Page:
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Article
Publication date: 19 July 2011

Sebnem Burnaz and Pinar Bilgin

This paper aims to examine whether companies in business‐to‐business (B2B) markets can leverage their brands extended into business‐to‐consumer (B2C) markets and how…

9461

Abstract

Purpose

This paper aims to examine whether companies in business‐to‐business (B2B) markets can leverage their brands extended into business‐to‐consumer (B2C) markets and how consumers evaluate these extensions.

Design/methodology/approach

A model is developed by combining Aaker and Keller's brand extension model with theories from B2B branding as well as other consumer branding literature, and analyzed both qualitatively and quantitatively to have an insight about how consumers evaluate brand extensions.

Findings

In the context of B2B brand extensions into B2C markets, consumers use brand concept consistency, product‐level relatedness and transferability of skills and resources as major cues to evaluate extensions. Perceived quality, innovativeness and environmental concerns are also relevant cues.

Practical implications

As a consequence of these findings, branding strategies that stretch B2B brands into the domain of consumer markets can be successful in cases where consumers perceive a fit with respect to skills and resources, brand concept, and existing products, and when the parent brand is perceived as being high quality, innovative and environmentally responsible.

Originality/value

The main contribution of the study is to replicate the analysis of brand extension evaluation in a different context, namely B2B brand extension into the B2C market.

Details

Journal of Product & Brand Management, vol. 20 no. 4
Type: Research Article
ISSN: 1061-0421

Keywords

Book part
Publication date: 13 May 2021

Stefania Panebianco and Jean Monnet Chair Holder

This chapter explains the added value of learning the EU via interactive academic teaching and focused training provided by experts and practitioners. The EUMedEA Crash…

Abstract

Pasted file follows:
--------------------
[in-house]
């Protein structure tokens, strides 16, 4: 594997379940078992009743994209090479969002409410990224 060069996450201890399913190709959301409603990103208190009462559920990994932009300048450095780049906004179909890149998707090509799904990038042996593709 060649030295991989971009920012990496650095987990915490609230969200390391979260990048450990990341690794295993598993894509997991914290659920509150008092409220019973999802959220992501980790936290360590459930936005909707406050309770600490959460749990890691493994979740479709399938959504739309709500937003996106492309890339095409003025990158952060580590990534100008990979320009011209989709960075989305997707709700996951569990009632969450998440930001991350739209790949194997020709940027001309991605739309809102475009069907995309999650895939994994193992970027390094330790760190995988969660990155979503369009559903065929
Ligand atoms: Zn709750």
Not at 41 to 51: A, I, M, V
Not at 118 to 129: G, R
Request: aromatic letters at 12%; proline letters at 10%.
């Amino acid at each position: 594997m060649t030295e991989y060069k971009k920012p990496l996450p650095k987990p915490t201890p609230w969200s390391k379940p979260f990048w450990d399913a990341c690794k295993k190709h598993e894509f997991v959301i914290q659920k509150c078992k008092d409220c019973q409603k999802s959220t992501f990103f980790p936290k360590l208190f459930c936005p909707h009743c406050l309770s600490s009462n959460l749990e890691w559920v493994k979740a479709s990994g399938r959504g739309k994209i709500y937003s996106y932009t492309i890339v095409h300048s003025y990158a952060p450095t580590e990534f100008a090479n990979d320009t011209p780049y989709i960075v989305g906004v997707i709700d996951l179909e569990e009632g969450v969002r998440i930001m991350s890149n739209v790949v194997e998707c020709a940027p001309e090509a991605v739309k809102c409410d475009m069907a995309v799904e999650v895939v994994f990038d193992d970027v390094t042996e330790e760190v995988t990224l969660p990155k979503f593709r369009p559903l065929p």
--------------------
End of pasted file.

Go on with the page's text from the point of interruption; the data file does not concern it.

This chapter explains the added value of learning the EU via interactive academic teaching and focused training provided by experts and practitioners. The EUMedEA Crash Course (CC) is an intensive training course mixing teaching, research and expertise funded by the European Commission via the EUMedEA Jean Monnet Chair. It was held for three editions (2016–2018) at the University of Catania. Based upon studying and sharing the expertise on crisis at the EU Mediterranean borders, this intensive learning experience allowed young and senior researchers to interact in a qualified academic context by looking at the on-field activities of the experts directly involved in the crisis management, in Italy or in other Mediterranean countries. The selected topic – crises at the EU Mediterranean borders and migration in particular – has involved an international group of instructors and researchers who profited of the expertise of those who experience practices on the ground. The EUMedEA CC tried to bridge the gap between academia and experts by providing excellence teaching, focusing on a various range of crisis managers willing to share their everyday business. New crises require new actors, strategies and instruments, thus new analytical tools to understand new and old practices to address crises in the Mediterranean area are needed. In sum, by providing an innovative teaching based upon experience on the ground, this CC has brought the EU as a crisis manager closer to European (young) researchers.